Ticking Time Bomb: Gambling With A 6.4-Liter Power Stroke

The 6.4-liter Power Stroke is a love it- or hate it- kind of engine. After a short production run and strong opinions in both camps, you may wonder if they are worth the gamble. With more 6.4-liter trucks hitting 10 years old, there are plenty to choose from in used inventory and deals popping up every day. We set out to see if those deals are really worth taking a chance on.

Our first glance at the 2009 Ford.

The truck we found is a white 2009 Ford F-450 dually with roughly 113,000 miles. The crew cab offers plenty of space and the black Lariat interior is surprisingly clean with little signs of wear. With the added bonus of four-wheel drive, this could be the perfect base for a new tow rig. At less than $10,000, the truck initially seems like a steal.

However, the price tag reflects the reality that the truck is running rough and accompanied by a distinct tick. Is it a quick fix that could make a good investment? Possibly. Diesel Army dives in to take a look at what the knock could mean.

First Look:

We know that it is not uncommon for 6.4-liter Power Strokes’ to have rocker arm issues after 100,000 miles, but there is always the chance that it is a more serious problem. To start, we pull the oil fill cap to check engine blow-by and find no puffing at idle. While limited, this quick test leaves us feeling confident the pistons are sealing relatively well in the cylinders.

This simple test can give you an idea if the truck has excessive blow-by.

Next, we listen to see if the noise is louder on top of the engine or under the truck. After further inspection, the ticking is louder on top. This is a good sign as a hydro-locking cylinder or a spun main or rod bearing are generally heard lower in the engine.

Listening to the truck can give you clues about what is causing the noise.

With the truck still at idle, we follow the exhaust. We are listening to see if the noise grows more noticeable, signaling an intake valve not opening properly. The factory exhaust makes it hard to hear anything, so we move back up front looking for more clues.

Pulling the intake is quick, but provides valuable insight.

Digging Deeper

After further inspection, the knock was substantially louder with the intake off. Hoping for a quick fix, we decided to roll the dice. With the truck at our home shop, we continue our investigation. We know that with the intake removed the ticking immediately sounded more like thumping. This could mean that an exhaust valve is not fully opening.

The truck seems like a good deal, but finding out what is going on inside this engine will determine just how good.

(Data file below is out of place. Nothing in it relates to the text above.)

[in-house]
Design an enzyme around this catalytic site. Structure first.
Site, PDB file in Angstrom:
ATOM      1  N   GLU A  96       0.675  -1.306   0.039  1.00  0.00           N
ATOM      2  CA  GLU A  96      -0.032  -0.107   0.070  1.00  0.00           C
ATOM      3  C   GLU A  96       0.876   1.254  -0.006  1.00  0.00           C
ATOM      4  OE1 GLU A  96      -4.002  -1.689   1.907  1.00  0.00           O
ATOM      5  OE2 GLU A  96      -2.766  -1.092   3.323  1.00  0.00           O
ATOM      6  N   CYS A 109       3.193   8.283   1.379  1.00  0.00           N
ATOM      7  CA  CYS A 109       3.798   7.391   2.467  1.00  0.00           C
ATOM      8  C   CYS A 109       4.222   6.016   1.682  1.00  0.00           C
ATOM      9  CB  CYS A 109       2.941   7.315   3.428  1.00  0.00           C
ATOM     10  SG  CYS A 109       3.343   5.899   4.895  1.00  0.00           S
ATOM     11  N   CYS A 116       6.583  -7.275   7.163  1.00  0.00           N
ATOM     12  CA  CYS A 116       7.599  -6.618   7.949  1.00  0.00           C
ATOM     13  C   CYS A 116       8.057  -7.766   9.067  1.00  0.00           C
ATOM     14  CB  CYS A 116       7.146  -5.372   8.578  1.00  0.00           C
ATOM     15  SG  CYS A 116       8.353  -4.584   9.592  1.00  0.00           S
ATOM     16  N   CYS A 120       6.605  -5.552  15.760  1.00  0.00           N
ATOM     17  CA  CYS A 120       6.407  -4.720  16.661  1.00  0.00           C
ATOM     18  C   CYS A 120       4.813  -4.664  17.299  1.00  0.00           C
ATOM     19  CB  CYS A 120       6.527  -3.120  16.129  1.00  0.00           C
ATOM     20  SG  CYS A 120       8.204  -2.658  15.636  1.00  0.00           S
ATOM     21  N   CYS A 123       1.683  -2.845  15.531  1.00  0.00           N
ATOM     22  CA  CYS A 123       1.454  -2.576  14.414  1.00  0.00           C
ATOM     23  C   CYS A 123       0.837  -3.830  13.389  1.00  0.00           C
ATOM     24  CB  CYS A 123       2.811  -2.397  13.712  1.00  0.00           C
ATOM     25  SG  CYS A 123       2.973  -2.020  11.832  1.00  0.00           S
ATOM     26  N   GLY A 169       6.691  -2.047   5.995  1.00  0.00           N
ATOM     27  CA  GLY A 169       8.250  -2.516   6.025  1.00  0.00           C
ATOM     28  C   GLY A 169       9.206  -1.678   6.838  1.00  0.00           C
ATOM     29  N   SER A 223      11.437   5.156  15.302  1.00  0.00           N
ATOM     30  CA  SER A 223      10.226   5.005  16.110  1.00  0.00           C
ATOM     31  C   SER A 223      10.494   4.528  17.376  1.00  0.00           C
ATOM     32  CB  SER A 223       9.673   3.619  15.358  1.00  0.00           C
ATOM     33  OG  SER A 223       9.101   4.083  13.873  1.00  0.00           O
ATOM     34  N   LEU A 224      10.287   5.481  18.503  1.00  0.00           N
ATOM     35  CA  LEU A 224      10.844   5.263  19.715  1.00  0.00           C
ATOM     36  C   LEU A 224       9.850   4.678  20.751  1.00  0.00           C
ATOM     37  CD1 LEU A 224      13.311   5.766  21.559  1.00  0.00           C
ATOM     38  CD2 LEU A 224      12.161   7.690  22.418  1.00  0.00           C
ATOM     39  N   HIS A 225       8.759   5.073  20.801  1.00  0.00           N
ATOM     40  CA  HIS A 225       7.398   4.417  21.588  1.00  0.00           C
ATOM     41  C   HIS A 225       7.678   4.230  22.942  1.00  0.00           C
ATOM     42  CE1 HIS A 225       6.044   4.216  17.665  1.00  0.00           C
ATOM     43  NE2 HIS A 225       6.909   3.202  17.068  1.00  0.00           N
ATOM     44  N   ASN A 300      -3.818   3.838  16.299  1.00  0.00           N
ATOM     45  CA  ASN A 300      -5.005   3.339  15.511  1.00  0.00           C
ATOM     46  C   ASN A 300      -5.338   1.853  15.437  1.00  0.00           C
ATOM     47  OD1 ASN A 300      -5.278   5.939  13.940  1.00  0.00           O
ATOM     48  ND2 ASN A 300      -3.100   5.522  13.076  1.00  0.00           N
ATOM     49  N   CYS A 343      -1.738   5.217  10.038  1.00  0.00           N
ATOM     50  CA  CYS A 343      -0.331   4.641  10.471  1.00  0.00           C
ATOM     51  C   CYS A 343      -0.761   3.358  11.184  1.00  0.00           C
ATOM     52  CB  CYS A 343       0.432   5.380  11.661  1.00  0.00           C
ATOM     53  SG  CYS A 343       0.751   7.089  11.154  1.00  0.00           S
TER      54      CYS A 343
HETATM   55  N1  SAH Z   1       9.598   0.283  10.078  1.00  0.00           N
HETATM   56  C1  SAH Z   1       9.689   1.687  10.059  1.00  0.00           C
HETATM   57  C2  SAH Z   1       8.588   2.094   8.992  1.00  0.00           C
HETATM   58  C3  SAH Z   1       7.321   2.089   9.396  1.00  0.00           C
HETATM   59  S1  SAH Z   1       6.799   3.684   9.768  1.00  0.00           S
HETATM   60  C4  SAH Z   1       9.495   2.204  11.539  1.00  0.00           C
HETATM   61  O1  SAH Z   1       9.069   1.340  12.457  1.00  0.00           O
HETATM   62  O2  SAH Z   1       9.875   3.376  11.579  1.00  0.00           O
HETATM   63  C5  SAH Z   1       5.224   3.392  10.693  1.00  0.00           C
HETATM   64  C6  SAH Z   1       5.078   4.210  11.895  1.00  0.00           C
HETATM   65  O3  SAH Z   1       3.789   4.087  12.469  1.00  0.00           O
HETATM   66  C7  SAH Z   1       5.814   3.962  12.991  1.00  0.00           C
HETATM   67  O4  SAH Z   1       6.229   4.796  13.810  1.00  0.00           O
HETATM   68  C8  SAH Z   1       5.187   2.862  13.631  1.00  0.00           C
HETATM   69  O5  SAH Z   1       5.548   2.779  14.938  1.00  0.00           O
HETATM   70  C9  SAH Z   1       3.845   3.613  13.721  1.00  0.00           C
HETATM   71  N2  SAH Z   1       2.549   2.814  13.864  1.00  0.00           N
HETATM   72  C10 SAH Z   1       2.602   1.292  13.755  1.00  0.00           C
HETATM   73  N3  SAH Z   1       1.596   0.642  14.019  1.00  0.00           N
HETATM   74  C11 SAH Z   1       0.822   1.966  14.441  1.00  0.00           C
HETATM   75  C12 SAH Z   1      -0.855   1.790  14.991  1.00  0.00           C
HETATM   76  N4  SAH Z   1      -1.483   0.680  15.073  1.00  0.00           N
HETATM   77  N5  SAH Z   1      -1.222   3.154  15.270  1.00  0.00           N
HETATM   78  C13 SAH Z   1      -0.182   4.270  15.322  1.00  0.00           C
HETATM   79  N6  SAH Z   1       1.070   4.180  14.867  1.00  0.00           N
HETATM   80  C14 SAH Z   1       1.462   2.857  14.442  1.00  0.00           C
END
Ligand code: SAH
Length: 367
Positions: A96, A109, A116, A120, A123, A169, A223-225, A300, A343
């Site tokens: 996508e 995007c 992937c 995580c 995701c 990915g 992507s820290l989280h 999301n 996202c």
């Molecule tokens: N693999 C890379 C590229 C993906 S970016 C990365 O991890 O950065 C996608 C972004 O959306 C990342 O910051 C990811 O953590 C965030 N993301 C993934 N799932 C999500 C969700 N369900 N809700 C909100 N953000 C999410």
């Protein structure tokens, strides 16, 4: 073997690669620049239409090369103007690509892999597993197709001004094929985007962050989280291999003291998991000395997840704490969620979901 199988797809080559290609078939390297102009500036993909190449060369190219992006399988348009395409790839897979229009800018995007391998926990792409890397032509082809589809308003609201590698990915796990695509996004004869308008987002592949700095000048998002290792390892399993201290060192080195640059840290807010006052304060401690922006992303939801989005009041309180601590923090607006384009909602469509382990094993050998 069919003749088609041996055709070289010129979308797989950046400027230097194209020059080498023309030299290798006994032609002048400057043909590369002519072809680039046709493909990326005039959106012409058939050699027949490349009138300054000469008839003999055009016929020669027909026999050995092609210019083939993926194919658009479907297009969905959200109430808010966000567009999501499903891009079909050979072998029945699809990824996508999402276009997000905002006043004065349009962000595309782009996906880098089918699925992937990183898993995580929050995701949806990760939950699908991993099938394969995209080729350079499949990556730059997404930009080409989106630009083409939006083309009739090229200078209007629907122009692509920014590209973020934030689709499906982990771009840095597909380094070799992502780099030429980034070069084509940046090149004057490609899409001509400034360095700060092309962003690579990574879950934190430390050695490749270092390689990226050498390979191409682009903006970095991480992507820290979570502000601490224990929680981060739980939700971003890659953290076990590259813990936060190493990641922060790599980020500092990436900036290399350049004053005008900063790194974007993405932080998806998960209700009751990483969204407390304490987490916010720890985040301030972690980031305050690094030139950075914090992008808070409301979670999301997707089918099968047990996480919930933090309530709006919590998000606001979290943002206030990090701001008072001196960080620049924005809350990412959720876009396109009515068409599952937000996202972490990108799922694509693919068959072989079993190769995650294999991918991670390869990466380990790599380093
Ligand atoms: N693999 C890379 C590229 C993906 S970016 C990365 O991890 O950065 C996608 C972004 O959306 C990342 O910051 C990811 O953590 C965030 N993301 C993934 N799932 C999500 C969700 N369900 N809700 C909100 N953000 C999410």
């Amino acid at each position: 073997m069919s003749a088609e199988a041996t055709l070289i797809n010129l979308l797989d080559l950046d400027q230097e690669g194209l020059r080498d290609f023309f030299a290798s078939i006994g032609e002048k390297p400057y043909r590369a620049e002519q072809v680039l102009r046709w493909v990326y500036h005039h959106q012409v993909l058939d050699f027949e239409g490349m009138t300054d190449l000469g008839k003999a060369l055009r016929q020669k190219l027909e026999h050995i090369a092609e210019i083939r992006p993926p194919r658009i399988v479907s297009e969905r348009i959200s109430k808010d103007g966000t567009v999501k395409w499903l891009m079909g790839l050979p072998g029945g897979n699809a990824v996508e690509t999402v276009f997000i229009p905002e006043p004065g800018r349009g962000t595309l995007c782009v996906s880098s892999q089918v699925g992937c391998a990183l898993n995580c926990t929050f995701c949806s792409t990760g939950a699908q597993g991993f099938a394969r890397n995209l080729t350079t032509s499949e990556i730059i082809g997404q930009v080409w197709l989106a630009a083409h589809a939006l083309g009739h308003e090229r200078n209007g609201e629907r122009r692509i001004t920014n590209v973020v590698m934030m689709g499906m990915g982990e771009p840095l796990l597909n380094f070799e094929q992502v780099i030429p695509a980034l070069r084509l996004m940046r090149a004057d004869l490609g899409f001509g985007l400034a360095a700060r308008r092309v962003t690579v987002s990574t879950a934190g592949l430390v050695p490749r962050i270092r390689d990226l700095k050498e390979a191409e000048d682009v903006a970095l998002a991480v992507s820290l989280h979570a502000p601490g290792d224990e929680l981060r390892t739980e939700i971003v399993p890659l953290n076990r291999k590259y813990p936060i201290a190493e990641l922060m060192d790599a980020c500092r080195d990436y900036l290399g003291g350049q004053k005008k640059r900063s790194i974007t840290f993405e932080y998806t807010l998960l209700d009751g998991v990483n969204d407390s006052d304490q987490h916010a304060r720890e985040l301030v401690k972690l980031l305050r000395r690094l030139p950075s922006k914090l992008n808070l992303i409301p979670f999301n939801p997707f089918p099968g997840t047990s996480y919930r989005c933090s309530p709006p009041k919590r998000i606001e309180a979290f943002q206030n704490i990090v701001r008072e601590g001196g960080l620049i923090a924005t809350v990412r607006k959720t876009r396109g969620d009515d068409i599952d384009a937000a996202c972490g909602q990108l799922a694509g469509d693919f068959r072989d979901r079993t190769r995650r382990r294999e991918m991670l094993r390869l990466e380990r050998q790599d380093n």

When the valve does not open, the exhaust gasses are trapped after the combustion event. On the next intake stroke, the remaining heat and flame escape allowing only a small amount of fresh air in. As this continues, the rapid escape of exhaust through the intake causing a noticeable thump.

To narrow our search down, we start with a scan tool to check relative cranking compression. For this test, the computer goes off RPM to sense which cylinder is lower on compression. The engine speeds up faster when it hits a cylinder with an issue because it is not squeezing the air as hard. We run the test multiple times and narrowed it down to two cylinders on the same side.

With the valve cover removed we do a visual inspection.

Now that we’ve narrowed down the area of the problem, we pulled the valve cover and immediately see the problem. A rocker arm bridge is laying on the head, one of the rocker arms was bent, and one of the pushrods was bent. After replacing the rocker and bent pushrod, everything was put back together and the engine was started. Unfortunately, the engine still has a thumping at RPM but idles fine.

Disappointed that the quick fix did not solve the problem, we run the relative cranking compression test again. The same cylinders are identified so we remove the valve cover again. Nothing is visibly out of place, but the rocker arm has .0050 – .0075 of travel. The hydraulic lifters in Power Strokes should not create this much travel, telling us there is more to the story. We check the valve heights and confirm they are consistent with the rest of the engine, pointing to a probable lifter failure.

The cylinders in question are upfront with limited viewing access. Using a borescope, we try to verify the issue. The view is limited, but we can see that light is not reflecting off all of the lobes consistently meaning the cam is damaged. We likely have at least one lifter failure.

Knowing that there is internal damage, it is time to make some decisions. What is the best course of action to keep the truck a good deal? We have some room to work given the purchase price and current trade-in value around $20,000. At a minimum, we need to replace any damaged lifters and the camshaft. A better scenario is to go with a fresh set of lifters all the way around and make any internal upgrades now to support our future plans for the truck.

Finding the problem means making important decisions on your repair.

It is time for us to reassess our plans for the truck and gather parts. Stay tuned for Part 2 where we will open this 6.4-liter Power Stroke up to share the damage and walk you through our lifter and camshaft install. Have you taken a gamble on a truck? Let us know how it turned out in the comments below.

About the author

Rebecca Farrow

Rebecca shares a competitive spirit and love of motorsports with her husband and two budding gearheads. When not at the track, in the woods, or on the lake, you will likely find them working on projects at home on their Tennessee Farm.
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